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Myers a mainstay at Terrace

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Before working at MTHS, 1978 alumnus Jerry Myers was versatile in the workforce, having jobs such as plumber, mover, handi-mart worker and dishwasher. While working at MTHS, Myers has been a gym manager, doorman at dances and an announcer at games. Currently, he works in security at MTHS.

Myers grew up playing soccer. He played soccer for the MTHS men’s soccer team between 1976 and 1978, and was team captain.

In 1978, Myers was a senior at MTHS. He played for the Hawks’ men’s soccer team and held the position of team captain. Photo courtesy of TEMPO.

“I was trying to take care of my teammates from a young age. When I grew up in athletics, I was always captain of my teams. I’ve always had a responsibility for how kids acted. That’s kinda who I am even away from the job,” Myers said.

At 23 years old, Myers was asked if he wanted to be an assistant soccer coach by Wayne King, who coached him prior on the high school level. In Nov. 1987, the soccer team that he coached won a state title.

“After coaching [at MTHS] for 2 years, the vice principal approached me and asked me if I’d like to be a study hall teacher,” Myers said. “So that’s what I did when I first started working here; I sat in study halls.”

Myers currently works in security for MTHS. According to Myers, the school needed someone to work in security because no one else previously had that occupation. His job ranges from patrolling the parking lot to being a substitute.

“The interesting part about my job is that it changes so much,” Myers said. “This morning I arrived at about 10 after 6, I don’t start until 6:30 but I like to arrive early. I sit at my desk, I check my messages, I look at my cameras. This morning, the office called and said ‘we need a sub at room 104,’ so I subbed for [civics and government teacher George] Dremousis.”

Myers’ main job is to watch the security cameras as students come in and out of the school. However, he has a variety of other tasks, such as checking for passes to leave the campus during lunch, working in the parking lot and issuing parking permits.

Since Myers is stationed at the front of the school and watches the security cameras, he sees the variety of people who enter the building everyday.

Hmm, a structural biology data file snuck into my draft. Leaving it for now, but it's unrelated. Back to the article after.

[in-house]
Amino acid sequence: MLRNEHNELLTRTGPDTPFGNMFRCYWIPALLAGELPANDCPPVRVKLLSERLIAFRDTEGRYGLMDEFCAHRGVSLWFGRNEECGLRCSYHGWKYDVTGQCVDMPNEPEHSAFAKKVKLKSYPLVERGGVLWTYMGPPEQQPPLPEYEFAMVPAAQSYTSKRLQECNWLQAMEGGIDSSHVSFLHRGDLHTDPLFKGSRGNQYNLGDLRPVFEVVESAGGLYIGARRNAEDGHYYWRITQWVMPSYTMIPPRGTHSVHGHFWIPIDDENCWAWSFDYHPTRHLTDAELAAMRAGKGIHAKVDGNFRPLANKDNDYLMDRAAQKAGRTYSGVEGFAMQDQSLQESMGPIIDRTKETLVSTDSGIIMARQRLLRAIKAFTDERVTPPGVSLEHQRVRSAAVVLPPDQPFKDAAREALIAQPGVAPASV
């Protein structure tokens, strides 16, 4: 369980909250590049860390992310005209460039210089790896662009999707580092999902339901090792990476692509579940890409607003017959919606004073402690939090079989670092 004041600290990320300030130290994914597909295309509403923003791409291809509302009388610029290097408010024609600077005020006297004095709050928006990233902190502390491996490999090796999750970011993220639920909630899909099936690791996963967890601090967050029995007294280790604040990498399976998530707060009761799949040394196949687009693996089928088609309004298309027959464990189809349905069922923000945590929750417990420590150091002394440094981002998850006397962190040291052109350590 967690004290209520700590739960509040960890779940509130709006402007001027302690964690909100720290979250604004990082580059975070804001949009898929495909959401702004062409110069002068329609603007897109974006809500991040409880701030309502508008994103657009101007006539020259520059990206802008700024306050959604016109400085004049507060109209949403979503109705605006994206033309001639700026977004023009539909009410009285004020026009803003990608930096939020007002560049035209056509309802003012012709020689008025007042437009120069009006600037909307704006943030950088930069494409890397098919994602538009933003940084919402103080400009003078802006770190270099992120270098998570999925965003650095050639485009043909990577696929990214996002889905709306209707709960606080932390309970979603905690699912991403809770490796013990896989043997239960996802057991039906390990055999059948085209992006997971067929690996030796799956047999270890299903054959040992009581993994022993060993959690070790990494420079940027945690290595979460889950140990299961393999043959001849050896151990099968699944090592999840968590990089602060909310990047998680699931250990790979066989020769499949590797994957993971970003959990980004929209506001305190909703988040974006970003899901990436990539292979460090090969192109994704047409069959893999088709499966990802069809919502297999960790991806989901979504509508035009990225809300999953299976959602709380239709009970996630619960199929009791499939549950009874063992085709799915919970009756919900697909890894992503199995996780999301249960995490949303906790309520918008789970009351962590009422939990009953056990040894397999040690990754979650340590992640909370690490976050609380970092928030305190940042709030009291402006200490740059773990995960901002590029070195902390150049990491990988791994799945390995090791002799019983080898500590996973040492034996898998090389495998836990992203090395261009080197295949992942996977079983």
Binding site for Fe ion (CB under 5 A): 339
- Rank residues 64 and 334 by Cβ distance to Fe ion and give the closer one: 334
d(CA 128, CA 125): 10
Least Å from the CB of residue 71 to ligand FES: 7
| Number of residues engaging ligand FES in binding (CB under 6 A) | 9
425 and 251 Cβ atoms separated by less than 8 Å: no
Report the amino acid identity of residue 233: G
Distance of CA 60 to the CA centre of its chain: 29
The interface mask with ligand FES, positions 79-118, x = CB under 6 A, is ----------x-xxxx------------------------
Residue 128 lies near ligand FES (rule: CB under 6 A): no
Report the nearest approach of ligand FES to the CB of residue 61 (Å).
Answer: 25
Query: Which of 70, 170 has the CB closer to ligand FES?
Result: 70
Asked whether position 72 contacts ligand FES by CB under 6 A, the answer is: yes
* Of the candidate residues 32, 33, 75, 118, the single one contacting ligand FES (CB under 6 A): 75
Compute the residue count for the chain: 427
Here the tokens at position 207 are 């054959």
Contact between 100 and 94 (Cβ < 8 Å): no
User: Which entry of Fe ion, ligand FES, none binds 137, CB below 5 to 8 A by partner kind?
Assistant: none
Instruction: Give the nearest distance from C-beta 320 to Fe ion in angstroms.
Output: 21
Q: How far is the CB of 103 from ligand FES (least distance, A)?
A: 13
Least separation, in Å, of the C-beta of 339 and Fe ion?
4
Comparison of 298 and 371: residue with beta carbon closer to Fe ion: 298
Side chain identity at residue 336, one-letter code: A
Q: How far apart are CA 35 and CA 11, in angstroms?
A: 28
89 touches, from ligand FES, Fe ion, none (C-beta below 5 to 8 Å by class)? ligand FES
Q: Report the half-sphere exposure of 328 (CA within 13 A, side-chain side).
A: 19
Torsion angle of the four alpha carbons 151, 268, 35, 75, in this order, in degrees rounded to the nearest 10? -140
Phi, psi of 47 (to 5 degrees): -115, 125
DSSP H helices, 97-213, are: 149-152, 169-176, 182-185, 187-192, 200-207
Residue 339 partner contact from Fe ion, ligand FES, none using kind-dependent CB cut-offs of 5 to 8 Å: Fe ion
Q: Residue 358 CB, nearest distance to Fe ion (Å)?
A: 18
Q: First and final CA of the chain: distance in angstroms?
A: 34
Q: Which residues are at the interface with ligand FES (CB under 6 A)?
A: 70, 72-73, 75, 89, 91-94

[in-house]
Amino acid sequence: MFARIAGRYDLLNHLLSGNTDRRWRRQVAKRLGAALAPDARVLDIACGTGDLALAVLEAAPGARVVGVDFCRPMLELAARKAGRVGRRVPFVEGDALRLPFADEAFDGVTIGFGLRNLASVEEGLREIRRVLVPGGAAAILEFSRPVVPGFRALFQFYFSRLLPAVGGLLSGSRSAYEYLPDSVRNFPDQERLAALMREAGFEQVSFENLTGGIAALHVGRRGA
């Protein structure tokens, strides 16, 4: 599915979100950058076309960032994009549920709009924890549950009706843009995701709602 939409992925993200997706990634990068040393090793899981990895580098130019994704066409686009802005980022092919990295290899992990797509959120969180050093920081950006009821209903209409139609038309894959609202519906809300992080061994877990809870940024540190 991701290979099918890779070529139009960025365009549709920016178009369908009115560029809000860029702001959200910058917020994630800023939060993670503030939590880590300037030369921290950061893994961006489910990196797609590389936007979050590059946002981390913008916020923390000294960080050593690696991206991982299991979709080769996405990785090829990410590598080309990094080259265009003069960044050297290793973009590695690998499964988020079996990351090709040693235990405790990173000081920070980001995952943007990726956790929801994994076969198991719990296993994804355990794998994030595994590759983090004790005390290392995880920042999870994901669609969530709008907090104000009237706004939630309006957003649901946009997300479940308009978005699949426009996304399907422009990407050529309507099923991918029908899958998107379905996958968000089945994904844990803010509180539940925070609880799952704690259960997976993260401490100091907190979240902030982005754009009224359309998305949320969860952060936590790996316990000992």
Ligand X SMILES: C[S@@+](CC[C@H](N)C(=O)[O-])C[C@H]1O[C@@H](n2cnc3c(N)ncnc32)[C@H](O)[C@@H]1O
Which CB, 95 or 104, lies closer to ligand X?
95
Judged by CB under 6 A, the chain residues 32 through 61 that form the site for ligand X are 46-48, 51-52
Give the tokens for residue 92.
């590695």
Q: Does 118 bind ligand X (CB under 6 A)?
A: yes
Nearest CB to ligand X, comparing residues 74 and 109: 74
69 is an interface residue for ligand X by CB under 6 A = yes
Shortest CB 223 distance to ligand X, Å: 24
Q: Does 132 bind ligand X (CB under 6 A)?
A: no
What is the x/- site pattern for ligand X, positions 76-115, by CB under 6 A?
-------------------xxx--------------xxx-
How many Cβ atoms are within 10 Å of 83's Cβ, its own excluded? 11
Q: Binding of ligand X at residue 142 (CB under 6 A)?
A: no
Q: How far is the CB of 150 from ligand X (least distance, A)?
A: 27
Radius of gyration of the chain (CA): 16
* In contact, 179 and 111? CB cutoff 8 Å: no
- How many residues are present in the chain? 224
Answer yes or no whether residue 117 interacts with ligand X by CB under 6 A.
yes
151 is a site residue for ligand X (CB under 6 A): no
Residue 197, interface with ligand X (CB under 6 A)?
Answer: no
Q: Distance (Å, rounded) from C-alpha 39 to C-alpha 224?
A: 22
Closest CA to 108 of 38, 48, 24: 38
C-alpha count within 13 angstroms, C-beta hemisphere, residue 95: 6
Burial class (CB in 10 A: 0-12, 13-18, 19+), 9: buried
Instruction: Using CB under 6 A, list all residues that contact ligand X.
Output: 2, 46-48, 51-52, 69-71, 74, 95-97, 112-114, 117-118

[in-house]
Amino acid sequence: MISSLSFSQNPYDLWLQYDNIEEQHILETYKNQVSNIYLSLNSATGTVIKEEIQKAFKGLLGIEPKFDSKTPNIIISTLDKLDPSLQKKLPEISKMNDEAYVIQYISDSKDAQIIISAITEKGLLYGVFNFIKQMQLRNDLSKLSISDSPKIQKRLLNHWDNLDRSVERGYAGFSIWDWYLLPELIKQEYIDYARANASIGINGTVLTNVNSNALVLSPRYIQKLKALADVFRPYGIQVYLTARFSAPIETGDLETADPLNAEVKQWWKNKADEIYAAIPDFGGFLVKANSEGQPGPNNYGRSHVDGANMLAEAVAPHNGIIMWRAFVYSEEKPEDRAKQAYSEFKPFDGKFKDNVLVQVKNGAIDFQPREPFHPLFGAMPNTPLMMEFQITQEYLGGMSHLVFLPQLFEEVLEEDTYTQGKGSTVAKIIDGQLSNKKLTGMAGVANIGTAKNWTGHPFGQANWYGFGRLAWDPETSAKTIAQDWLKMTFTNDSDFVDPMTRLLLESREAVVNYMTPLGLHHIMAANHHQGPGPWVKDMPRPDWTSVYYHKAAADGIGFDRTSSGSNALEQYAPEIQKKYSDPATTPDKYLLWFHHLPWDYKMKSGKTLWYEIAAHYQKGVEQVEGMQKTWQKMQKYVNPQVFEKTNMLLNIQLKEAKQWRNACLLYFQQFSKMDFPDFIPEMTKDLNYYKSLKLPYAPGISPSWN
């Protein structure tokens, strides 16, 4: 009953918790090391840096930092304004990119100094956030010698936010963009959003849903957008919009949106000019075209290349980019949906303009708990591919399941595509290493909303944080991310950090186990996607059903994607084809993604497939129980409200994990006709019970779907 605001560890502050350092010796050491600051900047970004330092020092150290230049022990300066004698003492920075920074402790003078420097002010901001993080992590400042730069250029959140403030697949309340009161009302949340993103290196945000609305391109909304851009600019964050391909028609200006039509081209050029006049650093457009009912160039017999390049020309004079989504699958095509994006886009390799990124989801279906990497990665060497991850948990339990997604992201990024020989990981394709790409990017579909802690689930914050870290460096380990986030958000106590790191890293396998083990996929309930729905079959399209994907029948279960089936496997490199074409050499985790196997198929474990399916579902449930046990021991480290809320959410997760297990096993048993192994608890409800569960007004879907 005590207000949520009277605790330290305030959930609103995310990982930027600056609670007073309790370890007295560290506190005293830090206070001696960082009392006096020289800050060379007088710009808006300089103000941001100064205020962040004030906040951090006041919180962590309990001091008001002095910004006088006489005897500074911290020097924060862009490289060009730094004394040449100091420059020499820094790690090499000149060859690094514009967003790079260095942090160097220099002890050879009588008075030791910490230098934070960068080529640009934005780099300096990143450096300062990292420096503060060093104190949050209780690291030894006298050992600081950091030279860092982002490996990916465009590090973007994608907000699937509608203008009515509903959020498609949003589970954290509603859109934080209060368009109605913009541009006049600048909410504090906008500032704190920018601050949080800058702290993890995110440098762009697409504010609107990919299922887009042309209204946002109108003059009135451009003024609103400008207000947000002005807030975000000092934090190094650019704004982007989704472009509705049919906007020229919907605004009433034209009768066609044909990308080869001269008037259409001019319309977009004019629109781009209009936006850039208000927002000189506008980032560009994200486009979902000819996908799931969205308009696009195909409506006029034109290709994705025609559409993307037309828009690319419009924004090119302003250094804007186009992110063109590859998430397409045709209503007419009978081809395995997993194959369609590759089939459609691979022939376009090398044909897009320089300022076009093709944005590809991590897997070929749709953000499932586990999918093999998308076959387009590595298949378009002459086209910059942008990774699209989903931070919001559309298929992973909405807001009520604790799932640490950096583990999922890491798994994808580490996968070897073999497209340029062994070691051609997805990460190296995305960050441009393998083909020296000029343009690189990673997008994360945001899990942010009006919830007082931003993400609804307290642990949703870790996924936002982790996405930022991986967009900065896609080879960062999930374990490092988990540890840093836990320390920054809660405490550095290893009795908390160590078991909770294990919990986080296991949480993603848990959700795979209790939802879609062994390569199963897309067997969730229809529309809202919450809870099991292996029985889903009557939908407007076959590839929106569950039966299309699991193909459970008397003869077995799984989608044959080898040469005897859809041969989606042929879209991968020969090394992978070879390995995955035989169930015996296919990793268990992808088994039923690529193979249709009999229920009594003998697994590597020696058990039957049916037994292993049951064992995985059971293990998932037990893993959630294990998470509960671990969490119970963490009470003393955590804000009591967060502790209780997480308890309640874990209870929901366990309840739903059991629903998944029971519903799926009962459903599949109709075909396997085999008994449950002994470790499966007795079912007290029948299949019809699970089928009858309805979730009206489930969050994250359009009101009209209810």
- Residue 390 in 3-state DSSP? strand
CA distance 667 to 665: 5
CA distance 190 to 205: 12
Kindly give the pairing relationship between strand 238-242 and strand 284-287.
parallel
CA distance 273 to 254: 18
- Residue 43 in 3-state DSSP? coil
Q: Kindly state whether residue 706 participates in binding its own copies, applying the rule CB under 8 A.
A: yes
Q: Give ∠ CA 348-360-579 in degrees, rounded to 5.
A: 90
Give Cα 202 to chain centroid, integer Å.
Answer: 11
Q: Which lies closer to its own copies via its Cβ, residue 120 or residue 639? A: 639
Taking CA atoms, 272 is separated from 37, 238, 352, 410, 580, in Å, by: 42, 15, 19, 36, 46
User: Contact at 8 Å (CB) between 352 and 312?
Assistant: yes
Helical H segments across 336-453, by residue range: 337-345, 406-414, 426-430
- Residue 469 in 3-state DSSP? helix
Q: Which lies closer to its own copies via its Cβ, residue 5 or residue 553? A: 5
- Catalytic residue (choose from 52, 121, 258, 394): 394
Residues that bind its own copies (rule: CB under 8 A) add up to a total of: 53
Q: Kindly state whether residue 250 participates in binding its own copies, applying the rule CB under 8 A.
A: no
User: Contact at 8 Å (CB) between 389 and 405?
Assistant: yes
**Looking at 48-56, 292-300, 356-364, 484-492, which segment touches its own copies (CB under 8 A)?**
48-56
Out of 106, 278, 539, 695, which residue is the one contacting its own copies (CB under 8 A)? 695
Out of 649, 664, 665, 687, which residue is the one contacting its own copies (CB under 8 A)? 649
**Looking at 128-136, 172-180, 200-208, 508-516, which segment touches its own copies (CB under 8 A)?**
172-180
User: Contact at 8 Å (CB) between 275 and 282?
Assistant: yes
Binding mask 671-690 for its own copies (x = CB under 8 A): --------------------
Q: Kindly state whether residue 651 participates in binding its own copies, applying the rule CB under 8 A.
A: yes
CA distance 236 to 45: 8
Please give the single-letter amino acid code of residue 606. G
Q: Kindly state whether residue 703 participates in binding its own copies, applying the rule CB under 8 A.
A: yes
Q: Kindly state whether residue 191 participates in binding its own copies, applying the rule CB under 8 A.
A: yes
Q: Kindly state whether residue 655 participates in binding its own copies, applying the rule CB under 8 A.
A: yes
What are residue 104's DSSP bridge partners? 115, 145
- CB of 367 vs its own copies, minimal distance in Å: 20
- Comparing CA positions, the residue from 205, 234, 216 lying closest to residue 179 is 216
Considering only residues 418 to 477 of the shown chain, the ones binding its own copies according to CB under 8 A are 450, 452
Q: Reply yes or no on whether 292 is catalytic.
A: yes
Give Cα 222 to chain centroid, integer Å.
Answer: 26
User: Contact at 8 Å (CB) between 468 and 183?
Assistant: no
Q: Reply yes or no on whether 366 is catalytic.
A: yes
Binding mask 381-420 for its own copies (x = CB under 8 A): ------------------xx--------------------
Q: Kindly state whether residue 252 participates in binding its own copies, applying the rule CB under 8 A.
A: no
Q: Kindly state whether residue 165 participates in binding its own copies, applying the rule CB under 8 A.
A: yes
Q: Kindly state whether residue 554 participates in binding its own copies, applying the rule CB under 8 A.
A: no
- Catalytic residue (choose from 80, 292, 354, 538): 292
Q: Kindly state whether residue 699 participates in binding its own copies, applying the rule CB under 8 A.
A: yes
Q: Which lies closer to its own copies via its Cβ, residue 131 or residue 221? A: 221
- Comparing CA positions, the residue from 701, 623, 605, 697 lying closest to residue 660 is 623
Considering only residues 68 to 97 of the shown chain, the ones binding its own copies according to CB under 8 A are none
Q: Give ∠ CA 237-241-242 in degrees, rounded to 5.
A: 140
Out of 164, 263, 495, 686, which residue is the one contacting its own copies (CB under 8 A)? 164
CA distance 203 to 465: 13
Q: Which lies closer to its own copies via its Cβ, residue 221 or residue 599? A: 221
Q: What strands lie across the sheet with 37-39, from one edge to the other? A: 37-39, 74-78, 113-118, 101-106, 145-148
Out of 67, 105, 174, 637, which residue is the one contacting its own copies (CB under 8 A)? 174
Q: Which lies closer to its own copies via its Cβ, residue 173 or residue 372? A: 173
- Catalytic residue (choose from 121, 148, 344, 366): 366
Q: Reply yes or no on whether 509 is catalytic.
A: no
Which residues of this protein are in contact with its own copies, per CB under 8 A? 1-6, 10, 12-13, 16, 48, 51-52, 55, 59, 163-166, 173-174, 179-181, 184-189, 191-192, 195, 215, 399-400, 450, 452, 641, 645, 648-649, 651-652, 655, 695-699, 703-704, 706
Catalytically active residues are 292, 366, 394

I’ve been here for a long time and I care about [students]. Though sometimes I might not come across that way, I’m always watching them to see if there’s anything I can do to help.”

— Jerry Myers

“I get to see everybody,” Myers said. “And I’m a people watcher. Even if I’m away from the job and I’m at a concert or I’m down at Pike Place Market, I watch people. I try to read their faces, read their mannerisms. Again, that’s something I’ve done my whole life. I try to understand what kind of mood a person is by looking at them, or how they’re acting or how they’re acting with others.”

Myers’ personality is depicted in his occupation. “The weird thing is my job is an extension of who I am. I’ve kind of always been the person who’s looked after kids. So even in elementary and junior high I’ve always been a student leader who helped with kids as far as rules went,” Myers said.

As with any job, struggles arise when working in security. Sometimes, it can be frustrating to Myers when a few students are rude to him because they don’t want to be at school or are prejudiced against security before getting to know him.

“I’ve been here for a long time and I care about them,” Myers said in response to other’s opinion on security. “Though sometimes I might not come across that way, I’m always watching them to see if there’s anything I can do to help.”

According to Myers, seeing a variety of people on a daily basis entails trying to understand the different types of cultures and people on campus at MTHS and recognizing everyone as their own individual person. Due to the wide variety of people at MTHS, he has had to learn to adjust to different people’s personality.

Jerey Myers
Myers playing the guitar. One of Myers’s passions, among fishing and camping, is playing guitar, a talent inherited from his father. Photo courtesy of Jerry Myers.

“Let’s say you’re in a bad mood. Sometimes, you may come across being a little harsh. Or if you’re in a really good mood, you may come across as seeming too soft. I kinda see every side of that plus the balance in between there. I’m a moody person, I’m human, so things happen,” Myers said.

Aside from working, Myers enjoys fishing, camping and playing the guitar. His experience as fisherman includes catching steelhead, trout and bass. He has also been playing the guitar since he was six years old.

“I’m the type of person that can go home and crank up my guitar and play for three hours straight all by myself and enjoy it,” Myers said.

After Myers turned 50-years-old, a lot of his speed and jumping ability was lost. He then focused his attention on guitar.

“My dad was a real excellent guitar player,” Myers said. “When I was in high school and college I was in various bands as a singer and played very little guitar, but I’ve always wrote little songs on the guitar and known how to play. It’s something I really enjoy. I love loud music. Extremely loud music.”

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About the Writer
Ciara Laney, Staff
Sophomore Ciara Laney is enduring her second year of Hawkeye. Last year, she discovered a passion for photojournalism and earned an excellent award at the National High School Journalism Convention in the spring of 2017 under the literary magazine category photography. Outside of journalism, Laney is the Class of 2020 ASB president, MTHS Key Club treasurer, and is involved in swim and tennis.
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